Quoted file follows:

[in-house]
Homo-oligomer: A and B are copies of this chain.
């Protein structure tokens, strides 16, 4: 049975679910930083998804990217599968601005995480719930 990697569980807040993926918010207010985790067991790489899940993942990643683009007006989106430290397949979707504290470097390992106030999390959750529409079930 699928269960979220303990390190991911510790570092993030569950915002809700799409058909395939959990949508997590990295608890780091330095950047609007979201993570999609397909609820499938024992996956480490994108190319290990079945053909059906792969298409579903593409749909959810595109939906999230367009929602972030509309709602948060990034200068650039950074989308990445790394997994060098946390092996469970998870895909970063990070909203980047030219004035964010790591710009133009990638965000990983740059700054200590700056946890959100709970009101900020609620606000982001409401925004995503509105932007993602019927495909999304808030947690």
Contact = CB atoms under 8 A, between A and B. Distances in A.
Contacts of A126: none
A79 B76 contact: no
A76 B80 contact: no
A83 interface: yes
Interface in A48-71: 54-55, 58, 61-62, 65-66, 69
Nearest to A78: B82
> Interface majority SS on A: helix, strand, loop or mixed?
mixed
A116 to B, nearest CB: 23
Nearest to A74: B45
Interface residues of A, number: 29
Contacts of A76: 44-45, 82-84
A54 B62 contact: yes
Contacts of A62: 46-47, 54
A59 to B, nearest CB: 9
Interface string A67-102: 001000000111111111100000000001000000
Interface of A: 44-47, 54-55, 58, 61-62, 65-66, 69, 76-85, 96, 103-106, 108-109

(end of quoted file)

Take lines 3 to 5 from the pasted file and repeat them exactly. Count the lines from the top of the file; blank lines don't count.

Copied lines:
């Protein structure tokens, strides 16, 4: 049975679910930083998804990217599968601005995480719930 990697569980807040993926918010207010985790067991790489899940993942990643683009007006989106430290397949979707504290470097390992106030999390959750529409079930 699928269960979220303990390190991911510790570092993030569950915002809700799409058909395939959990949508997590990295608890780091330095950047609007979201993570999609397909609820499938024992996956480490994108190319290990079945053909059906792969298409579903593409749909959810595109939906999230367009929602972030509309709602948060990034200068650039950074989308990445790394997994060098946390092996469970998870895909970063990070909203980047030219004035964010790591710009133009990638965000990983740059700054200590700056946890959100709970009101900020609620606000982001409401925004995503509105932007993602019927495909999304808030947690």
Contact = CB atoms under 8 A, between A and B. Distances in A.
Contacts of A126: none